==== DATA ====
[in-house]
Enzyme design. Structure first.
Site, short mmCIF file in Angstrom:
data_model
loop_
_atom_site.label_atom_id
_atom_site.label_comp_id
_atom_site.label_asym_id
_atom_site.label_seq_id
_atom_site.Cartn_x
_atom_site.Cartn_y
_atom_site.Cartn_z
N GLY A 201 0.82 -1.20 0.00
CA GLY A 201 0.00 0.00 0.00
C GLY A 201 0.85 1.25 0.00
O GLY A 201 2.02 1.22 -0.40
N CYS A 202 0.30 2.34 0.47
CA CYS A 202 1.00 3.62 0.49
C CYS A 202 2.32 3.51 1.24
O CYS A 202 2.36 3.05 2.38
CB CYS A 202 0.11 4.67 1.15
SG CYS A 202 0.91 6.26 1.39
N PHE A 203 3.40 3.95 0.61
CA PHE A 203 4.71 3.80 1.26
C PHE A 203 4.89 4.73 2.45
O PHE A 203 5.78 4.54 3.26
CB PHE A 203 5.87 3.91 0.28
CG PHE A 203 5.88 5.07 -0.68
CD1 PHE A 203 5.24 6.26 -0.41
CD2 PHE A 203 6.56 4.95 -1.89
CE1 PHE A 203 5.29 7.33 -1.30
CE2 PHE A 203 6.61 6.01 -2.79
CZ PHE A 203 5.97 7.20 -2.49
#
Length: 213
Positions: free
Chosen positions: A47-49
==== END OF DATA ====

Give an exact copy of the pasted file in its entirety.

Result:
[in-house]
Enzyme design. Structure first.
Site, short mmCIF file in Angstrom:
data_model
loop_
_atom_site.label_atom_id
_atom_site.label_comp_id
_atom_site.label_asym_id
_atom_site.label_seq_id
_atom_site.Cartn_x
_atom_site.Cartn_y
_atom_site.Cartn_z
N GLY A 201 0.82 -1.20 0.00
CA GLY A 201 0.00 0.00 0.00
C GLY A 201 0.85 1.25 0.00
O GLY A 201 2.02 1.22 -0.40
N CYS A 202 0.30 2.34 0.47
CA CYS A 202 1.00 3.62 0.49
C CYS A 202 2.32 3.51 1.24
O CYS A 202 2.36 3.05 2.38
CB CYS A 202 0.11 4.67 1.15
SG CYS A 202 0.91 6.26 1.39
N PHE A 203 3.40 3.95 0.61
CA PHE A 203 4.71 3.80 1.26
C PHE A 203 4.89 4.73 2.45
O PHE A 203 5.78 4.54 3.26
CB PHE A 203 5.87 3.91 0.28
CG PHE A 203 5.88 5.07 -0.68
CD1 PHE A 203 5.24 6.26 -0.41
CD2 PHE A 203 6.56 4.95 -1.89
CE1 PHE A 203 5.29 7.33 -1.30
CE2 PHE A 203 6.61 6.01 -2.79
CZ PHE A 203 5.97 7.20 -2.49
#
Length: 213
Positions: free
Chosen positions: A47-49